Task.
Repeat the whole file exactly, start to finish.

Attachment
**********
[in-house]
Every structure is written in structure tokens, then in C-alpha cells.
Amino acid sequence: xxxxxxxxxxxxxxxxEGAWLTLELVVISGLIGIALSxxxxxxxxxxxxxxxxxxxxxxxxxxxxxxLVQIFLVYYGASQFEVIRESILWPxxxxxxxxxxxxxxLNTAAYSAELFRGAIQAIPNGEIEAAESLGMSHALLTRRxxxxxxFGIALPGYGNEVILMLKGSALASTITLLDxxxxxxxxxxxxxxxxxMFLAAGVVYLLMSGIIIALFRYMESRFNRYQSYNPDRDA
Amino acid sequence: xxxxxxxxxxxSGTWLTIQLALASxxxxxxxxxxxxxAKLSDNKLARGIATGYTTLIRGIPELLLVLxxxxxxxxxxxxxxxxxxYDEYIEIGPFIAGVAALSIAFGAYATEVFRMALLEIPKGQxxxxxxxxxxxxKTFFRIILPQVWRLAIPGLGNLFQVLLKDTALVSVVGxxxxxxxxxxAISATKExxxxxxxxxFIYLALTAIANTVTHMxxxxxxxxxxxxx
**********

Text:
[in-house]
Every structure is written in structure tokens, then in C-alpha cells.
Amino acid sequence: xxxxxxxxxxxxxxxxEGAWLTLELVVISGLIGIALSxxxxxxxxxxxxxxxxxxxxxxxxxxxxxxLVQIFLVYYGASQFEVIRESILWPxxxxxxxxxxxxxxLNTAAYSAELFRGAIQAIPNGEIEAAESLGMSHALLTRRxxxxxxFGIALPGYGNEVILMLKGSALASTITLLDxxxxxxxxxxxxxxxxxMFLAAGVVYLLMSGIIIALFRYMESRFNRYQSYNPDRDA
Amino acid sequence: xxxxxxxxxxxSGTWLTIQLALASxxxxxxxxxxxxxAKLSDNKLARGIATGYTTLIRGIPELLLVLxxxxxxxxxxxxxxxxxxYDEYIEIGPFIAGVAALSIAFGAYATEVFRMALLEIPKGQxxxxxxxxxxxxKTFFRIILPQVWRLAIPGLGNLFQVLLKDTALVSVVGxxxxxxxxxxAISATKExxxxxxxxxFIYLALTAIANTVTHMxxxxxxxxxxxxx